Basement Sanctuaries explores the ways in which superintendents decorate the basements of apartment buildings in the Northern Manhattan by illuminating the process of migrant adaptation to the metropolis from an intimate perspective.
In many ways, basements are special sanctuaries for supers and their families. Supers often live in basements that are hidden from the public and from visitors, which creates a form of privacy. However, the basement is also a space of work for supers and their environment is on display for the residents of the building. Under these circumstances, the supers’ decorations function as a territorial claim over the basement’s semi-public/private space.
Most of the supers in Northern Manhattan are migrants from Latin America or the Caribbean, and images from their home countries might connect their new home to a past they have left behind. This can be especially important given the grueling nature of their work and the difficulty of establishing themselves in NYC.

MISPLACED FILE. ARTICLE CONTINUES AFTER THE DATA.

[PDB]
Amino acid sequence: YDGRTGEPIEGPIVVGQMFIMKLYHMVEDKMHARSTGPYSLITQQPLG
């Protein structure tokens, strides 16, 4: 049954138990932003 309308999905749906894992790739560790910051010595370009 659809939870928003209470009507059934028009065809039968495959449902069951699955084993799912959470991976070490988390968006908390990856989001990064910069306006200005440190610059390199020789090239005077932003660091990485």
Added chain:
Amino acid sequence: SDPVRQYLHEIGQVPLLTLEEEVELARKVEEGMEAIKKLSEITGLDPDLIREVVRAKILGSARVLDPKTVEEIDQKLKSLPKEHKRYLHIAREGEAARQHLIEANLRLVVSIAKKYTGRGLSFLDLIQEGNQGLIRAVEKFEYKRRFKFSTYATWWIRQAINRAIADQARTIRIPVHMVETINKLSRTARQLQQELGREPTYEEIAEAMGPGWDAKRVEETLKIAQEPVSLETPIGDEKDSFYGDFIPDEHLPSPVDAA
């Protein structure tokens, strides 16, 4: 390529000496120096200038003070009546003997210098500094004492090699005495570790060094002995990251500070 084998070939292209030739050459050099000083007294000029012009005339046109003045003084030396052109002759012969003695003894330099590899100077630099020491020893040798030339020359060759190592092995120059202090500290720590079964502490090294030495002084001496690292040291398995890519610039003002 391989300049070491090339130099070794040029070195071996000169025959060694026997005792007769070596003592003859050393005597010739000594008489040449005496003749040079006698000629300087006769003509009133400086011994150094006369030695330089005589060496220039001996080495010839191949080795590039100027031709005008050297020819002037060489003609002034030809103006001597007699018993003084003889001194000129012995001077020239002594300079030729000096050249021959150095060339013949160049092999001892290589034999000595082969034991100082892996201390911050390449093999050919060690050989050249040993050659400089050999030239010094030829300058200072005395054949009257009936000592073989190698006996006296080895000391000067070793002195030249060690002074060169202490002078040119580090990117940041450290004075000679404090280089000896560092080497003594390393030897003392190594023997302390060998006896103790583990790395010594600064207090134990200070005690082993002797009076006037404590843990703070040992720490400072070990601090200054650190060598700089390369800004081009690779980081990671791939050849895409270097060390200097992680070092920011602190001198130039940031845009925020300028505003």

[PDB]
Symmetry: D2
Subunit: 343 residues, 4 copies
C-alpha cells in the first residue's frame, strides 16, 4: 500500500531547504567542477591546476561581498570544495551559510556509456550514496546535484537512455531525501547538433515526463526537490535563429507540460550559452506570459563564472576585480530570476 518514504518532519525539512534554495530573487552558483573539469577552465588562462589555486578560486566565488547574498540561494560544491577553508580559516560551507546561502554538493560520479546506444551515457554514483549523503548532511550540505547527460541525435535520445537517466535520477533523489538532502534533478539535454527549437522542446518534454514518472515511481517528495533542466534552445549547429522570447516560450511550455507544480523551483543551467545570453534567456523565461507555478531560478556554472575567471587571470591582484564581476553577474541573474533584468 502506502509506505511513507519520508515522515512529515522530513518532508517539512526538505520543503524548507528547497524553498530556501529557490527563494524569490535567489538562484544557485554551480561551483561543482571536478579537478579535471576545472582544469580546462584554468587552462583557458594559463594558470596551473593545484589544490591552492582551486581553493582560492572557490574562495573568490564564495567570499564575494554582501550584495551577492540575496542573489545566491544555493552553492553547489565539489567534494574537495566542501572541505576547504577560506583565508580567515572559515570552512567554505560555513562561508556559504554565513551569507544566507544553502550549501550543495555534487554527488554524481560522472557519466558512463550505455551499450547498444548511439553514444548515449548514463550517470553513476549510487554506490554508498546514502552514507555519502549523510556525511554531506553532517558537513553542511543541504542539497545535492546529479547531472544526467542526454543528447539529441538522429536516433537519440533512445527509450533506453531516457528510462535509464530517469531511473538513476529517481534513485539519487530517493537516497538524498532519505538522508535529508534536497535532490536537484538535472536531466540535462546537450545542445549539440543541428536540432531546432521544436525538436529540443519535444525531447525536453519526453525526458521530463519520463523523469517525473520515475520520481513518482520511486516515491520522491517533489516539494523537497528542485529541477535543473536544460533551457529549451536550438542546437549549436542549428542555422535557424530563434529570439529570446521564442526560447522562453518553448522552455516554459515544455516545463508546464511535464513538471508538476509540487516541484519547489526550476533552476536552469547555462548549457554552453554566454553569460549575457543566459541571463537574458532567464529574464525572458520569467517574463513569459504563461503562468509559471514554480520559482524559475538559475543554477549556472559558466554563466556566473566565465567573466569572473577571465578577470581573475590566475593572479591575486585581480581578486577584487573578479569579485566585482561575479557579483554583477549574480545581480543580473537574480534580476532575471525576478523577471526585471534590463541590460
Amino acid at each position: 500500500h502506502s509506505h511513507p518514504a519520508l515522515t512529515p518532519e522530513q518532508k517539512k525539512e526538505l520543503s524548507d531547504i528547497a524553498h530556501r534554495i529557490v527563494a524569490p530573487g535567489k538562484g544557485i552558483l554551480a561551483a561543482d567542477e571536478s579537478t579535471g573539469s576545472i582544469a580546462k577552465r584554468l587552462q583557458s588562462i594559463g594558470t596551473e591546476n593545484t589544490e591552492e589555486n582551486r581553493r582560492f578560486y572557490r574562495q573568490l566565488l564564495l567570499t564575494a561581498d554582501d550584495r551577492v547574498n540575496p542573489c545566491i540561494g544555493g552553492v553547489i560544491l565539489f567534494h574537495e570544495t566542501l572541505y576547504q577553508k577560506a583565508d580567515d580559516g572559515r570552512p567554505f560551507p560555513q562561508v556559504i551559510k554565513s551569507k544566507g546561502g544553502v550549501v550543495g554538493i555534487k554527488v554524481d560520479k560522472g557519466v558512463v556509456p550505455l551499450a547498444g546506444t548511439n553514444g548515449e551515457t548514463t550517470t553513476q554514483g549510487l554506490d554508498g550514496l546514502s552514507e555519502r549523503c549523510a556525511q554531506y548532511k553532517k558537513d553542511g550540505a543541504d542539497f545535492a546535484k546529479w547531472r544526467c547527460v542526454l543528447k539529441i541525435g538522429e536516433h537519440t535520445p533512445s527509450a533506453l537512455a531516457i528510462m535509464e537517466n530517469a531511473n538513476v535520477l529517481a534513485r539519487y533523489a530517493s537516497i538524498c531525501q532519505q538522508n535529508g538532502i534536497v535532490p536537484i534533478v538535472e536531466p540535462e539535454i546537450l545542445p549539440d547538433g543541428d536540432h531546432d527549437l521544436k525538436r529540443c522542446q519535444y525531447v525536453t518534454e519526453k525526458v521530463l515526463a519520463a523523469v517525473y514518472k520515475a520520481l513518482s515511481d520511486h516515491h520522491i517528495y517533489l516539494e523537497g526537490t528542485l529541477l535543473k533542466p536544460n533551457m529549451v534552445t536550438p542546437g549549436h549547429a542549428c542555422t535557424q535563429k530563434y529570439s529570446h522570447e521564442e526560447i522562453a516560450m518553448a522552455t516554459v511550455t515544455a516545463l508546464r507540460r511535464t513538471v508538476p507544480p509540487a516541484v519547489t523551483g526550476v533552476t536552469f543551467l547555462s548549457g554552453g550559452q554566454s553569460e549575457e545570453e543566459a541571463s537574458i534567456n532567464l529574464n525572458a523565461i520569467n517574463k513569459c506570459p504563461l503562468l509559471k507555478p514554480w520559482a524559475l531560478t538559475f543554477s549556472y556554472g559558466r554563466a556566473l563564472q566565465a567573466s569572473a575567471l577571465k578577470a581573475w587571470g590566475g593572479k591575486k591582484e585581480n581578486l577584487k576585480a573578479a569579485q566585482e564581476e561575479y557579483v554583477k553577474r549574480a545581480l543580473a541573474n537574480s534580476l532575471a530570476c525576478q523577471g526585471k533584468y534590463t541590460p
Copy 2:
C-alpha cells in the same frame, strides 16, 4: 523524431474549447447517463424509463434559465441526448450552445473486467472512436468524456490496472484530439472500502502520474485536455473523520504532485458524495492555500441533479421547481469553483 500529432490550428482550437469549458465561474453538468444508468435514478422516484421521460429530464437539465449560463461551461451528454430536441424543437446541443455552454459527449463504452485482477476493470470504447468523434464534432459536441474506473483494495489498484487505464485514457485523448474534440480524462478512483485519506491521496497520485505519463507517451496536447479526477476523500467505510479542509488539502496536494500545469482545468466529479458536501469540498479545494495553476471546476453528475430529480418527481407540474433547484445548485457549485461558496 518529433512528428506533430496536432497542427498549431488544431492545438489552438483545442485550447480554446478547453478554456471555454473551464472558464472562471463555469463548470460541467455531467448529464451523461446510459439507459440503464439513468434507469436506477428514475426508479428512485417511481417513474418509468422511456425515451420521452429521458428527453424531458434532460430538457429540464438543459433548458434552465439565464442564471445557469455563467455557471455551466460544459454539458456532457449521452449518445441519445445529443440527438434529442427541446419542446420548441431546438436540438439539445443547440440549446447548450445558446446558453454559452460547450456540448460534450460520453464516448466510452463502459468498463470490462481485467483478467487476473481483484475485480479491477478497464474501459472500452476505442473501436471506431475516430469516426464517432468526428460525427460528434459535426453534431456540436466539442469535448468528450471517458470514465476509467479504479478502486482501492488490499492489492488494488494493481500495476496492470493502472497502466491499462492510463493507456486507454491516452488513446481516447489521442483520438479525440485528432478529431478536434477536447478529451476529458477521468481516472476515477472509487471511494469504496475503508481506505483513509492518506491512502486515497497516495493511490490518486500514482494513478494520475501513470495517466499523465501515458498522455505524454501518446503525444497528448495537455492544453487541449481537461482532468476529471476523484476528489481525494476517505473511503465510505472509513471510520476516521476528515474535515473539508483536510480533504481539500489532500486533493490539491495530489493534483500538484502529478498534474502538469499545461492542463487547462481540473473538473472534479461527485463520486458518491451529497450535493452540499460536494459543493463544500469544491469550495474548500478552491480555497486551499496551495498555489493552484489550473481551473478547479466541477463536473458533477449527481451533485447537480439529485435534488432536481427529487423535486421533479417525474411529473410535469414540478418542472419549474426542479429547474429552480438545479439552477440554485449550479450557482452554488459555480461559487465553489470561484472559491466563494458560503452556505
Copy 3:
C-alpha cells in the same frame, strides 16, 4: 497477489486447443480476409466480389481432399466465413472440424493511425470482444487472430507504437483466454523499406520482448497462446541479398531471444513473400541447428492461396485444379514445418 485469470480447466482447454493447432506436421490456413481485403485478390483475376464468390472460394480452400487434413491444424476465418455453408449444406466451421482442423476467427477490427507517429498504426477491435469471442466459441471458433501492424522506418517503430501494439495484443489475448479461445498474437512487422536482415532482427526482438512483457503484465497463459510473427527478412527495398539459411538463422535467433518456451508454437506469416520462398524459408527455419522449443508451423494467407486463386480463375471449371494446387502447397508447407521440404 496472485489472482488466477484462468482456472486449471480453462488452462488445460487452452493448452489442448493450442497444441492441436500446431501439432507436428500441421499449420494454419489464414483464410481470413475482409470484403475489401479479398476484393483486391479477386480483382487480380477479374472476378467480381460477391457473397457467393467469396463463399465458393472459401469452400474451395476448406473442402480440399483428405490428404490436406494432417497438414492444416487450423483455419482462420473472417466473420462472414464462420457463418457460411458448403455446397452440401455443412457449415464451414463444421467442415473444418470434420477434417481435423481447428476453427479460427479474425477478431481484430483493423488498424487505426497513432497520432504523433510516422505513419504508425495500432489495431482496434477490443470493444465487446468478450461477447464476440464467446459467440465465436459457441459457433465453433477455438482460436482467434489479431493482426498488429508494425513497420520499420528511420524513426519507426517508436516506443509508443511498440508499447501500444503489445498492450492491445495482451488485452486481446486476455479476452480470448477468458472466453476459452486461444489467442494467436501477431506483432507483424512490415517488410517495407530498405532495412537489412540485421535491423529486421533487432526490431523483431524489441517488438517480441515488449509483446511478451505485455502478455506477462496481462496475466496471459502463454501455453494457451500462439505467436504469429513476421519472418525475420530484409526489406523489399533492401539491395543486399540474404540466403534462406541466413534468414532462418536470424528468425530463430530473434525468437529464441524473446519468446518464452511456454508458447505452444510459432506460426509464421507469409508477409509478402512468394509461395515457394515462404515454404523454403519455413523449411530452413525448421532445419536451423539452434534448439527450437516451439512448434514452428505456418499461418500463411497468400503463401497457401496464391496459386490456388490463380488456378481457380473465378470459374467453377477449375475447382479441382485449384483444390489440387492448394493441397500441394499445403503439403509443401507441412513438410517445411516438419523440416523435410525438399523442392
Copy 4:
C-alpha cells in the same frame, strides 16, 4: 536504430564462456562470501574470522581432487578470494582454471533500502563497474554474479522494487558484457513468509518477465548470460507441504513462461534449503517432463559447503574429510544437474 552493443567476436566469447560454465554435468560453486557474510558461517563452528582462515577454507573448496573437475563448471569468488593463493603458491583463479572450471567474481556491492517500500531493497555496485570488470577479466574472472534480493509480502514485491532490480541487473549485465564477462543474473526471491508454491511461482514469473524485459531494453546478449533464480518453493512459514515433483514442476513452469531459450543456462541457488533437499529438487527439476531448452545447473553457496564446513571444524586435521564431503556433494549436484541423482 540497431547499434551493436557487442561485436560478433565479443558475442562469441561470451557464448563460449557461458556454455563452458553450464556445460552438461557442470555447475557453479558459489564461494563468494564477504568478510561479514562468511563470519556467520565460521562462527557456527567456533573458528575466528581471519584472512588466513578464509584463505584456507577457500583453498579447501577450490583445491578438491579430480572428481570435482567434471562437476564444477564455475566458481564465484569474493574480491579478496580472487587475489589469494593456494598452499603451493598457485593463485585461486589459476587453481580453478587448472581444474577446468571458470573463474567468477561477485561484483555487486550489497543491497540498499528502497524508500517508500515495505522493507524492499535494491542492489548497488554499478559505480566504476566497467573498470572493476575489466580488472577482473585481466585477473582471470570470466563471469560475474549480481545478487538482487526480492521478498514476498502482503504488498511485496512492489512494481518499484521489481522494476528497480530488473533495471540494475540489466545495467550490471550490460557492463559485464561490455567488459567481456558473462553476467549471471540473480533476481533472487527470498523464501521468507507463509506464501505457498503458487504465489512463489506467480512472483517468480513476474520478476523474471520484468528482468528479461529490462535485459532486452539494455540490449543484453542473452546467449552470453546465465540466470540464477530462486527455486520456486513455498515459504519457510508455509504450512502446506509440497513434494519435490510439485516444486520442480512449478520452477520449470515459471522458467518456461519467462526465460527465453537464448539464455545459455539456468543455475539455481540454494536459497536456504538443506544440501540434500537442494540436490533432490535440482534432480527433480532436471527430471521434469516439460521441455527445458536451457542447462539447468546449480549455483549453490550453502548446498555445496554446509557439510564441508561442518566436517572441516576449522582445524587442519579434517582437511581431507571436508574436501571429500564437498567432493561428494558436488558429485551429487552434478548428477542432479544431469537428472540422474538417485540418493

When photographing the basements I was interested in what decoration I would encounter, how the supers would curate the space by using found objects (in fact, most of the objects were discarded by tenants) and what references I would find to each super’s culture and/or dreamscape. The images encourage viewers to think in new ways about how space functions in New York City apartment buildings and broaden our understanding of the relationship among migration, semi-public/private space, and the everyday landscape.
Basement Sanctuaries was published by Schilt Publishing in Spring 2014 and has been initially supported with grants form the Northern Manhattan Arts
Alliance (NoMAA) and the Lower Manhattan Cultural Council (LMCC). The images were shot on film with medium format cameras. Only available light was used to show the conditions the supers work and live in.